I’m glad I don’t have to go through that again… at least until the fellowship Match in two years. 😉

To all of the MS4’s out there stressing over the ROL deadline TOMORROW…. it will all be ok. I can’t wait to see where everyone is headed! (But if you’re going into Peds…. my program is the best and I hope to see you this June!) 🙂

Interview with Accepted.com: We Need More Voices

While back, Accepted.com asked if I’d be interested in an interview for their podcast.

When I was a first year med student and found out I was pregnant, I immediately felt alone. There were scant other parents in my class, and were mostly men/fathers. My cousin was also pregnant, but she already had a career. I found two–just two–blogs on the Internet by mothers in medicine. There just wasn’t much out there to encourage me. Already an introvert, I retreated further into my bubble.

It eventually got better. But it doesn’t have to be that way. My med school baby was the best decision I’ve ever made. Every story will be different, but I share mine in hopes that it encourages others, and shows that you CAN do it all, even if it looks different than you imagined it.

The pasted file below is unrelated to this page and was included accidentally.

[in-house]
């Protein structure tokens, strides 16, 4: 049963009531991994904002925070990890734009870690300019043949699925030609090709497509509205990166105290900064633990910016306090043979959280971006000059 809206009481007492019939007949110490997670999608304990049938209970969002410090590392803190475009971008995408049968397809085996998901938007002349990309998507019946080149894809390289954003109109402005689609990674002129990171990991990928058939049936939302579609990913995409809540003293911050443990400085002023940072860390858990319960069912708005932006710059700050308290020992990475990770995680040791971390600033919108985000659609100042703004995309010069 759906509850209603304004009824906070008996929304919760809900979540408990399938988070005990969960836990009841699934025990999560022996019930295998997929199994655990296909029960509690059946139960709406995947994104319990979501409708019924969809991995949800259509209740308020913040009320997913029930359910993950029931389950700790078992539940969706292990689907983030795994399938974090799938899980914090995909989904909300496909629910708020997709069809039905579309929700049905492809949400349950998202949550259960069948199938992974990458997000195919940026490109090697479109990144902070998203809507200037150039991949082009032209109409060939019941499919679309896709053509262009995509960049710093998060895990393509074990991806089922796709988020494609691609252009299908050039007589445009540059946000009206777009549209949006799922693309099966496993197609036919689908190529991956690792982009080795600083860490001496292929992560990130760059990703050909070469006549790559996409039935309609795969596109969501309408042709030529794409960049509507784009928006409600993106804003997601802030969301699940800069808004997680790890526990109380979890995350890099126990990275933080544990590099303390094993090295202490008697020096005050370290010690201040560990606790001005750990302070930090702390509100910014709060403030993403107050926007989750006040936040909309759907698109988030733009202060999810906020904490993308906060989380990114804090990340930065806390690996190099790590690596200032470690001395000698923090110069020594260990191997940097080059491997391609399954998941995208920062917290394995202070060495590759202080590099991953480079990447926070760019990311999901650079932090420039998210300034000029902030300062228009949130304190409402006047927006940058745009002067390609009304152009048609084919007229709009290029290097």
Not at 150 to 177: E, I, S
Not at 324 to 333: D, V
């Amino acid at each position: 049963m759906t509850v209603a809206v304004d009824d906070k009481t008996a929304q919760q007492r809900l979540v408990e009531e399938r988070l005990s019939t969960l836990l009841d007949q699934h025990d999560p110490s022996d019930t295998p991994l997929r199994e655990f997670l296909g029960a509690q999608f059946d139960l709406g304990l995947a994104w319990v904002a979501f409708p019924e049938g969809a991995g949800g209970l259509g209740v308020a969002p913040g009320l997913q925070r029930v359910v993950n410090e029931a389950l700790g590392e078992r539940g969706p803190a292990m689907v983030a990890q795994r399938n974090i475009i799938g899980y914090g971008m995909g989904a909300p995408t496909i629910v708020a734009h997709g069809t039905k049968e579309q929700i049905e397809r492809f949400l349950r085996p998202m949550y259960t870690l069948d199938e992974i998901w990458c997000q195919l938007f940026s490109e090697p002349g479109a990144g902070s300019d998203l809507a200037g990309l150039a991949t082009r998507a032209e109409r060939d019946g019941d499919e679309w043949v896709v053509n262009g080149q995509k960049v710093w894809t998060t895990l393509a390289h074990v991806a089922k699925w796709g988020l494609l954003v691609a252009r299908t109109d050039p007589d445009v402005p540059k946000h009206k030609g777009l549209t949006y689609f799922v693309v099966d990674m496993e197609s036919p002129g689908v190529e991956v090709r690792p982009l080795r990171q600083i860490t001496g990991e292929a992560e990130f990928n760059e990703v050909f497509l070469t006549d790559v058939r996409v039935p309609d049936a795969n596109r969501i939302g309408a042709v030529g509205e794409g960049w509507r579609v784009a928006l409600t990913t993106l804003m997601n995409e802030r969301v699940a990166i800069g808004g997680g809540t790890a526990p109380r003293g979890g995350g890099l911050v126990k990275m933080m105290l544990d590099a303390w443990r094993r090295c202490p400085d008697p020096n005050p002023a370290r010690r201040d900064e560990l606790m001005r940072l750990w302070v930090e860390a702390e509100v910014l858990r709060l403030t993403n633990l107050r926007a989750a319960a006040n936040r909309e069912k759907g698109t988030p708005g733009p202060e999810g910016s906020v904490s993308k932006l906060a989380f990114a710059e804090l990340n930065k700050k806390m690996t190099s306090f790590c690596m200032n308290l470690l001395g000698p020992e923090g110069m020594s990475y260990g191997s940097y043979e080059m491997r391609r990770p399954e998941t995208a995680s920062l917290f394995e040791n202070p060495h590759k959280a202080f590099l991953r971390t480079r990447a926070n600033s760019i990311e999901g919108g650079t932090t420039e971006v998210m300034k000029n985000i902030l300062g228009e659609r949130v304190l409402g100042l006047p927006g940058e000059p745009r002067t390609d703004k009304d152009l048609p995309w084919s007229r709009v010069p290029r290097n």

You can find my interview here.

Intern Year so Far

My first rotation of intern year was inpatient pulmonology. My very first day was on “short call”, meaning that I was on call til 9pm accepting admissions (and could stay til 11pm finishing up notes). Plus it was a weekend, which meant I was cross-covering two other services until handing off to the night team. I was terrified. I started out the morning by introducing myself to the nurses: “Hi, I’m Dr. Allie, and I’m a brand-new intern. I have no idea what I’m doing. Where are the stairs? Where can I find this room number? Where do I put my used isolation gowns?”

Pulmonology was really interesting. It took awhile, but I became more comfortable with taking care of common illnesses like asthma, bronchiolitis, and Cystic Fibrosis as a doctor, instead of a med student, or someone on the sidelines.

I wanted so badly to make a good first impression that I think what I actually did was more self-sabotage than anything else. Double-checking everything because I didn’t want to make a mistake made me slow. But, by asking questions I started to learn how to do things, got acquainted with our EMR system, and quickly fell into a routine.

Without a doubt, though, the best part so far has been getting to know my co-interns, senior residents, and the attendings here. I’ve made so many more friends and it feels like I have known them all much longer than the few months I’ve been here.

This was also my first month teaching med students as a resident. When you spend your days feeling like an idiot every single minute, it starts to feel like you have nothing to offer. As I started out in residency that first month, I felt like I was barely keeping afloat. After a couple of weeks, I was much more comfortable in my role, and began dedicating more time to guiding the med students. These were med students on their first-ever clinical rotation, and it didn’t take long to feel like, “actually, there IS something I can teach you!”